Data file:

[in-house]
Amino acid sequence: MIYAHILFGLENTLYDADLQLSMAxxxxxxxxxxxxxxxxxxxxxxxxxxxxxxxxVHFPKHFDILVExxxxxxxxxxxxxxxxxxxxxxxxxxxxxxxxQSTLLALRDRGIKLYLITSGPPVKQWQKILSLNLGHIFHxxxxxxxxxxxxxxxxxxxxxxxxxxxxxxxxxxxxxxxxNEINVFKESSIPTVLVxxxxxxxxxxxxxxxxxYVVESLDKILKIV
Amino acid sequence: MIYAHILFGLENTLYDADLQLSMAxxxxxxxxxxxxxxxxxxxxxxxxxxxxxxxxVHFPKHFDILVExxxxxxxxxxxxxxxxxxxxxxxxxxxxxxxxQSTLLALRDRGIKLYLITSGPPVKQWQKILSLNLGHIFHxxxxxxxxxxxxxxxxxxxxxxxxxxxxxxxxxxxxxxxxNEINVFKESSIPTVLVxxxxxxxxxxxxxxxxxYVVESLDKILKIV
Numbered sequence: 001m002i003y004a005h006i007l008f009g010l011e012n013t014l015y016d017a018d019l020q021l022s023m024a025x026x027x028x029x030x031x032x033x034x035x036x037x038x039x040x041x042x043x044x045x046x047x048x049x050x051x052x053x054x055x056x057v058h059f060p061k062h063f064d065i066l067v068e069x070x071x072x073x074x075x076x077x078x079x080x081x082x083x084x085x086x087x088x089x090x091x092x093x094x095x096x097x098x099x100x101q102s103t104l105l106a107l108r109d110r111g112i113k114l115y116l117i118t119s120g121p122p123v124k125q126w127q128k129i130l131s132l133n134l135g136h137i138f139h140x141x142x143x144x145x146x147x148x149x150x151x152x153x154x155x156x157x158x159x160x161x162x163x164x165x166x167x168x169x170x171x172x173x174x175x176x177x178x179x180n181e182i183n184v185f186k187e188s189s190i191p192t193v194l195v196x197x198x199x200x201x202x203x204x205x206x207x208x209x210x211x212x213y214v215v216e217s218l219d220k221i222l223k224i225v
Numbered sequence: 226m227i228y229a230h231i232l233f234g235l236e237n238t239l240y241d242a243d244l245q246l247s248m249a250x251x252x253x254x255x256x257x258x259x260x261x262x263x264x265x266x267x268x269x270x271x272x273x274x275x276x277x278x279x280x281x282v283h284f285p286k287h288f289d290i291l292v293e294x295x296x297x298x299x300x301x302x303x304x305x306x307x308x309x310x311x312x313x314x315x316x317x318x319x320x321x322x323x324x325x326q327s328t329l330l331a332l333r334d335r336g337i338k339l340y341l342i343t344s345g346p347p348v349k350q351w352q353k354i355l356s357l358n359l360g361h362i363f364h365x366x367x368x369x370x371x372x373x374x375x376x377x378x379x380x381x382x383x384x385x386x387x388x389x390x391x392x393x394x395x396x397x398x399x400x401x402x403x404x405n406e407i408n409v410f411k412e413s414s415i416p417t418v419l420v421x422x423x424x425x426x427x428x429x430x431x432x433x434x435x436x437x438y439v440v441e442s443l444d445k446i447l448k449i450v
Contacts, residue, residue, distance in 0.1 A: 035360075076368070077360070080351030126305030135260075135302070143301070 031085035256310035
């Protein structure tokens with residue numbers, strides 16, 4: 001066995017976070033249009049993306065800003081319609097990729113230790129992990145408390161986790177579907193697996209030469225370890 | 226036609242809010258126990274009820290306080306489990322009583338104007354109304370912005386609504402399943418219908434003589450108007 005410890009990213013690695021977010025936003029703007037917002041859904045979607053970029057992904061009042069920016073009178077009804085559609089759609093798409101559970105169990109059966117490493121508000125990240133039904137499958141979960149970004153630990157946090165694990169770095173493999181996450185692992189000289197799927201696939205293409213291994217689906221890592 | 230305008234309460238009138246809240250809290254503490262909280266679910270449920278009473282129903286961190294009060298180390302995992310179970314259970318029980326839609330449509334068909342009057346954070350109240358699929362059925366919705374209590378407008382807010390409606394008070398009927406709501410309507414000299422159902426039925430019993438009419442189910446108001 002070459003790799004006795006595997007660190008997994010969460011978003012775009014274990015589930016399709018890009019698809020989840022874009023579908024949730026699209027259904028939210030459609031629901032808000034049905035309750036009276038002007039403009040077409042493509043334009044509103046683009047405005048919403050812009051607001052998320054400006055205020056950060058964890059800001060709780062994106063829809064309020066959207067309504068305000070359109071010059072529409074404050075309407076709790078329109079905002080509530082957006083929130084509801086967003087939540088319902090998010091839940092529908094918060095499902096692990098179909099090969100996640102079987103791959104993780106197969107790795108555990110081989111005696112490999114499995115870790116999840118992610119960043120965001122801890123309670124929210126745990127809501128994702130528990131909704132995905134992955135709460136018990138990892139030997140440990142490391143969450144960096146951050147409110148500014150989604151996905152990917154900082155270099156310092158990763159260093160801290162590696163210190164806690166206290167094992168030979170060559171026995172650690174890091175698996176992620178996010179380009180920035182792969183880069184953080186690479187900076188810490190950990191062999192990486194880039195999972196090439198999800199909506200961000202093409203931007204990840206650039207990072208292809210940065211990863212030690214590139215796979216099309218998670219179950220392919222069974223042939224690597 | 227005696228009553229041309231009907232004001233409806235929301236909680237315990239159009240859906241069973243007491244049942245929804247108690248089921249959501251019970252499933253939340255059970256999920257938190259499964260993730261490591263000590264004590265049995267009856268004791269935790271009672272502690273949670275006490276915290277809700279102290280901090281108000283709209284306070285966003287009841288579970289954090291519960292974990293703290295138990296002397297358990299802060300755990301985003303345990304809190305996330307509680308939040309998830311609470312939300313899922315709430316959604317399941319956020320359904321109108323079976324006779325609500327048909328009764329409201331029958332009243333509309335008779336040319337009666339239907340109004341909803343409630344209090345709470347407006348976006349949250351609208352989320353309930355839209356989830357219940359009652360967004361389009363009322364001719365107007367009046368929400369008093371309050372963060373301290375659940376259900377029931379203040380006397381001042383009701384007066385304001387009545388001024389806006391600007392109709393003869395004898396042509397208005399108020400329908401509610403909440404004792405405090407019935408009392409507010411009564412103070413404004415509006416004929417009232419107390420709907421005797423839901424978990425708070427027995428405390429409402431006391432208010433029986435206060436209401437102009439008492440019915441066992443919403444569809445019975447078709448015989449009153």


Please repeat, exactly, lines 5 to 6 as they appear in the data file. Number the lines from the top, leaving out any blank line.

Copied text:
Numbered sequence: 226m227i228y229a230h231i232l233f234g235l236e237n238t239l240y241d242a243d244l245q246l247s248m249a250x251x252x253x254x255x256x257x258x259x260x261x262x263x264x265x266x267x268x269x270x271x272x273x274x275x276x277x278x279x280x281x282v283h284f285p286k287h288f289d290i291l292v293e294x295x296x297x298x299x300x301x302x303x304x305x306x307x308x309x310x311x312x313x314x315x316x317x318x319x320x321x322x323x324x325x326q327s328t329l330l331a332l333r334d335r336g337i338k339l340y341l342i343t344s345g346p347p348v349k350q351w352q353k354i355l356s357l358n359l360g361h362i363f364h365x366x367x368x369x370x371x372x373x374x375x376x377x378x379x380x381x382x383x384x385x386x387x388x389x390x391x392x393x394x395x396x397x398x399x400x401x402x403x404x405n406e407i408n409v410f411k412e413s414s415i416p417t418v419l420v421x422x423x424x425x426x427x428x429x430x431x432x433x434x435x436x437x438y439v440v441e442s443l444d445k446i447l448k449i450v
Contacts, residue, residue, distance in 0.1 A: 035360075076368070077360070080351030126305030135260075135302070143301070 031085035256310035